‘June 11’ is the name of a US-based anarchist support group for long-term political prisoners around the world. Most of them have been imprisoned for violent crimes. While PN readers are likely to strongly disagree with their methods, this is an opportunity to offer comfort and solidarity to people in very difficult conditions.

If you do write, it’s suggested that you write about your day-to-day life, and what you are passionate about, and put your address on both the envelope and the letter.


Amnesty International prisoners of conscience Giyas Ibrahimov and Bayram Mammadov are serving 10-year sentences on trumped-up charges of heroin possession.

The student activists’ real crime was to spraypaint ‘Happy Slave Day’, ‘Fuck the System’, and two anarchy symbols on the statue of former president Heydar Aliyev, father of the current dictator, Ilham Aliyev. In Azeri, ‘Happy Slave Day’ looks like ‘Happy Flower Day’ (qul, gül). Flower Day falls on Heidar Aliyev’s birthday.

Ibrahimov is in the Marxist-Leninist Solfront; Mammadov is in the non-party youth group, N!da. Write to Bayram Məmmədov / Giyas İbrahimov. Both in prison at:

Bakı şəhəri Kürdəxanı qəsəbəsi
Bakı İstintaq Təcridxanası,
Sabuncu Rayon AZ1059


June 11 lists imprisoned members of the ‘Conspiracy of Cells of Fire’, anarchists who’ve carried out armed bank robberies, fire bombings and parcel bombings, including: Panagiotis Argirou / Damianos Bolano / Olga Oikonomidou / Giorgos Polidoros / Nikos Romano / Christos Tsakalos / Gerasimos Tsakalos. Address:

Dikastiki Filaki – A Pteryga,
TK 18110 Athens,


Lisa was sentenced in July 2017 to seven years for a bank robbery in Aachen in 2014: Lisa 2893/16/7,

JVA Willich II,
Gartenstraße 2,
47877 Willich,


Tamara Sol is serving seven years for shooting at a bank security guard in 2014, shouting: ‘This is for revenge!’ Her comrade Sebastian Oversluij had been killed attempting to rob the same bank:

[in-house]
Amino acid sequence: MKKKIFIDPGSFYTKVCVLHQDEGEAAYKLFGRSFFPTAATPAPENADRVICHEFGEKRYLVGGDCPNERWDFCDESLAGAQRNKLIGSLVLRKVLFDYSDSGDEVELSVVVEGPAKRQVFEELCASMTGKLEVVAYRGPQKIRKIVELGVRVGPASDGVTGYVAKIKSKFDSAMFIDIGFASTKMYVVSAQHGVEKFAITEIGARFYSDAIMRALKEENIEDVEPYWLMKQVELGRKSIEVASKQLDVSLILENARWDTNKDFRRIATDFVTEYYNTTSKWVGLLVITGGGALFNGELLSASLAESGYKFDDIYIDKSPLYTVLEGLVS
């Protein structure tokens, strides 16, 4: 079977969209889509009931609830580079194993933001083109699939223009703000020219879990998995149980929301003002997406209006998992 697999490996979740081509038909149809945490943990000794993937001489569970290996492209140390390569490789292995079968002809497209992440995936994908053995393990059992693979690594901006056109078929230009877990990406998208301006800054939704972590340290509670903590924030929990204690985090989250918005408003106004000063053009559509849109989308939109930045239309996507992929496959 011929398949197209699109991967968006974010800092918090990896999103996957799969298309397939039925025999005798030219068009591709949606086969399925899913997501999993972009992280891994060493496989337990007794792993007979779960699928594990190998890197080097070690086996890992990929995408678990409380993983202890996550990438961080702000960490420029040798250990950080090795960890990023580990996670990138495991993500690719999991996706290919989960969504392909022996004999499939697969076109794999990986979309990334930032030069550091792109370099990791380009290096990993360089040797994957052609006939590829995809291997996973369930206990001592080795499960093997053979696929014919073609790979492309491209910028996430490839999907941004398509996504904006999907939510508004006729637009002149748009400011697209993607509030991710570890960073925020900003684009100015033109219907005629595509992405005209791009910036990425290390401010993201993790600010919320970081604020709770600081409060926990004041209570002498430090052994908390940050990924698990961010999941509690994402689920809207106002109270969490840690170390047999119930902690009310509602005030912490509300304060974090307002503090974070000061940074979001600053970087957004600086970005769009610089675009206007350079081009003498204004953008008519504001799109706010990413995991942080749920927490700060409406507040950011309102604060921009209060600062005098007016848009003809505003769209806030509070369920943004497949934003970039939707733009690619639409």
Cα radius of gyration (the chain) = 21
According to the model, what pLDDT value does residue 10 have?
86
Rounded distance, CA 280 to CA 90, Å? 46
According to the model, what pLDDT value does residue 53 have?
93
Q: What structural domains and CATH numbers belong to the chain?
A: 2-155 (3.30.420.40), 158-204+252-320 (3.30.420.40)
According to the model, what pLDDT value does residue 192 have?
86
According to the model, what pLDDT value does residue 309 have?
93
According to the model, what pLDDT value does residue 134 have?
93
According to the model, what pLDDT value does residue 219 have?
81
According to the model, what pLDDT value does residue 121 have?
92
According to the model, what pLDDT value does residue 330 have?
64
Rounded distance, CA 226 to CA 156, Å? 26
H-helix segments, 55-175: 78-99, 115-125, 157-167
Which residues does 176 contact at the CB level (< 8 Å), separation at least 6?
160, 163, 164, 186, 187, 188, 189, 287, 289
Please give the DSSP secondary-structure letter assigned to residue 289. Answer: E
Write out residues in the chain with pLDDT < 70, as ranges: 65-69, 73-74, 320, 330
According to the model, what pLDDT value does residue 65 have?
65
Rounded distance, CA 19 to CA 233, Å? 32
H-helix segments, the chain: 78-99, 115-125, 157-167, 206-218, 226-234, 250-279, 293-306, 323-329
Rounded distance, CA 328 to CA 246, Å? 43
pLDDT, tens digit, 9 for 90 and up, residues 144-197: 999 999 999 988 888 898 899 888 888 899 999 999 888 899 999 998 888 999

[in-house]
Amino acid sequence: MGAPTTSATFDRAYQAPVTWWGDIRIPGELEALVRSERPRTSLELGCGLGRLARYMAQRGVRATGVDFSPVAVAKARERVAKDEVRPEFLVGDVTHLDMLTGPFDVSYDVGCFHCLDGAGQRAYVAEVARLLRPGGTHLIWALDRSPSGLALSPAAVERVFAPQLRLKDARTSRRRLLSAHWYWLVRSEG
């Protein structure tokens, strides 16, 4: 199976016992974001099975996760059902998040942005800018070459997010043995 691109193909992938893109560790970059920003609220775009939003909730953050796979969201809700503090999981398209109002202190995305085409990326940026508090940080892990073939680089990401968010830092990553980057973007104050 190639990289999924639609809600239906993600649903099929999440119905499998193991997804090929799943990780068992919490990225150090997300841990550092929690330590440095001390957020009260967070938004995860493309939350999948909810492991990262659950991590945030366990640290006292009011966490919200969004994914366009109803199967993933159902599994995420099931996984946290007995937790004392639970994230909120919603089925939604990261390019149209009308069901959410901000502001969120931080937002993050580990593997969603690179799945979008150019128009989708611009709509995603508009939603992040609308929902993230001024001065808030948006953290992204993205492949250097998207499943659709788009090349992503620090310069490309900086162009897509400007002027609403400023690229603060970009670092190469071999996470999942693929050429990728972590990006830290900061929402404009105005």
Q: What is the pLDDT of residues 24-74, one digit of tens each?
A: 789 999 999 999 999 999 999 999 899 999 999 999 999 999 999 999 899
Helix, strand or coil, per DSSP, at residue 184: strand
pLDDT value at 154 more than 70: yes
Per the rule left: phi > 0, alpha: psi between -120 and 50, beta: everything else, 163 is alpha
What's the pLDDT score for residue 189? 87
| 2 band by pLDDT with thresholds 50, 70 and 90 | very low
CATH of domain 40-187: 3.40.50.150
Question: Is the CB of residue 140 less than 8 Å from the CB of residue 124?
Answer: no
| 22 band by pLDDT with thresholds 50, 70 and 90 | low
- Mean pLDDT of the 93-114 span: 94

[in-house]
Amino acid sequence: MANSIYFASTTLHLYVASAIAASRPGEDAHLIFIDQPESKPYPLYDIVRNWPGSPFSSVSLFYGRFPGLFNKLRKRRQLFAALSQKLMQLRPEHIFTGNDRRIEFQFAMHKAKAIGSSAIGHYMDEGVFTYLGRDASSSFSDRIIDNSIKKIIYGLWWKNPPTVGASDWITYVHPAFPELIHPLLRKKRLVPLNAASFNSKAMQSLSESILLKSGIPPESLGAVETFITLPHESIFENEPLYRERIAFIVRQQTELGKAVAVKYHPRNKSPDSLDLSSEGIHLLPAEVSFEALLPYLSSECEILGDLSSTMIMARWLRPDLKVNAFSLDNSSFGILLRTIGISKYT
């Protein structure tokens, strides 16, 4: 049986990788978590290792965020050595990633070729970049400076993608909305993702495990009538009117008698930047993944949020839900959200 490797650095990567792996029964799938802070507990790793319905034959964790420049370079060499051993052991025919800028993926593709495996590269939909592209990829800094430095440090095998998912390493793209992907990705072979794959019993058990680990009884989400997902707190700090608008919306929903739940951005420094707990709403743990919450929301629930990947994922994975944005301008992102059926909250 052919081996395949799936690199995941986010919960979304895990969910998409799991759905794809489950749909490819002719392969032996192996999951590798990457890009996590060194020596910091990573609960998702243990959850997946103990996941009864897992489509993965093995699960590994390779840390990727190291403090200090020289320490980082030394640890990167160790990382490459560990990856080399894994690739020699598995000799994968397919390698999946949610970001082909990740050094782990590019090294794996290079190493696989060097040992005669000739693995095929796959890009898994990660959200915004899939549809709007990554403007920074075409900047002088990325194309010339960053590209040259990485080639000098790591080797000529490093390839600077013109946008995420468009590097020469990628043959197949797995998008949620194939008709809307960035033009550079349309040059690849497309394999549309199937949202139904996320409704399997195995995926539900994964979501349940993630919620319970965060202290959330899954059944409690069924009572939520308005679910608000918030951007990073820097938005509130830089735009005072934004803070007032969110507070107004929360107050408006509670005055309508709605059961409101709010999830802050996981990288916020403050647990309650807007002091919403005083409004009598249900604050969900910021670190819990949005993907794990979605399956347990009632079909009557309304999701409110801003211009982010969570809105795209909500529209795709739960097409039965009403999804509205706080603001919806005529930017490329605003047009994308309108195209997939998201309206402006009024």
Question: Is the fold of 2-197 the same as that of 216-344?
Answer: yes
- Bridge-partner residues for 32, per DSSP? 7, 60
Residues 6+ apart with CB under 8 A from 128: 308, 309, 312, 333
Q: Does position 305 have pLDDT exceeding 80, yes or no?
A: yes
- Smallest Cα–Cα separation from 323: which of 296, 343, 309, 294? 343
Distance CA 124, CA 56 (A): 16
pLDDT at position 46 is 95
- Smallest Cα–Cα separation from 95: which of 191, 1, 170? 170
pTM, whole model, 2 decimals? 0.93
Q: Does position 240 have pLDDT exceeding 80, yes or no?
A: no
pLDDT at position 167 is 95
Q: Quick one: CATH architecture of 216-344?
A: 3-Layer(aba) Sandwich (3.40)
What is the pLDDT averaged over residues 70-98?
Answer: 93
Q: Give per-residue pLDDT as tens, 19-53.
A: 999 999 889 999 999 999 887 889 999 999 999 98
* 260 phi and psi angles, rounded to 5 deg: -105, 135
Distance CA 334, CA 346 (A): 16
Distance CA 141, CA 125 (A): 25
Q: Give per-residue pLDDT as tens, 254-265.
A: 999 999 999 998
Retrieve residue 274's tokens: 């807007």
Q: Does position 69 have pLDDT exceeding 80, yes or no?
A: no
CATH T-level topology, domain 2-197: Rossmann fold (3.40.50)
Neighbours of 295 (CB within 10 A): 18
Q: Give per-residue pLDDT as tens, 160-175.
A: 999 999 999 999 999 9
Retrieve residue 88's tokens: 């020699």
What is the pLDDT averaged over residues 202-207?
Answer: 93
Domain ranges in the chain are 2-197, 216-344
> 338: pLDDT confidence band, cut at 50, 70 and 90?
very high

Tamara Sol Farías Vergara,
Complejo Penitenciario Valdivia,
Av. Ramon Picarte 4100, 5101516,
Valdivia Los Ríos, Chile

Other anarchist prisoners in Chile are in for armed bank robberies and for a bomb attack: Juan Flores Riquelme / Freddy Fuentevilla / Juan Aliste Vega / Juan Aliste Vega / Marcelo Villarroel. All in prison at:

Unidad Especial de Alta Seguridad,
Cárcel de Alta Seguridad,
Modulo H Norte,
1902 Avenida Pedro Montt,

Rocking up at Roxel

On 9 April, the People’s Weapons Inspectors visited a Roxel arms factory in Worcestershire that manufactures components for Brimstone missiles. An order for 1,000 Brimstones has been placed by the Saudi military, which uses them in Yemen.

Inspectors came from the Christian-Quaker direct action group ‘Put Down the Sword’ and from the London Catholic Worker. Some weapons inspectors blocked the main entrance for over five hours by ‘locking-on’ to each other with arm tubes. Others met with a human resources manager.

No arrests were made.

Zero progress in Zad

As PN went to press, the French government was expected to try again to evict la ZAD (‘the zone to be defended’), a huge occupied site near Nantes in western France.

As reported previously, the French government officially abandoned plans to build an airport at Notre-Dame-des-Landes in January, but confirmed that it wanted to clear the ZAD. (PN 2616–2617)

A massive eviction operation failed in April (as it did in 2012), though more than 300 zadistes have been injured since 9 April.

I spy Springfield

Thousands of flasks of radioactive uranium hexafluoride (‘hex’) are transported down country lanes every year from the Springfields nuclear fuel plant near Preston, Lancs. Fuel rods and other nuclear materials are taken to nuclear power plants in the UK and around the world, including Russia.

A new report from the Close Capenhurst Campaign, Kick Nuclear and Radiation Free Lakeland shines a ‘Spotlight on Springfields’: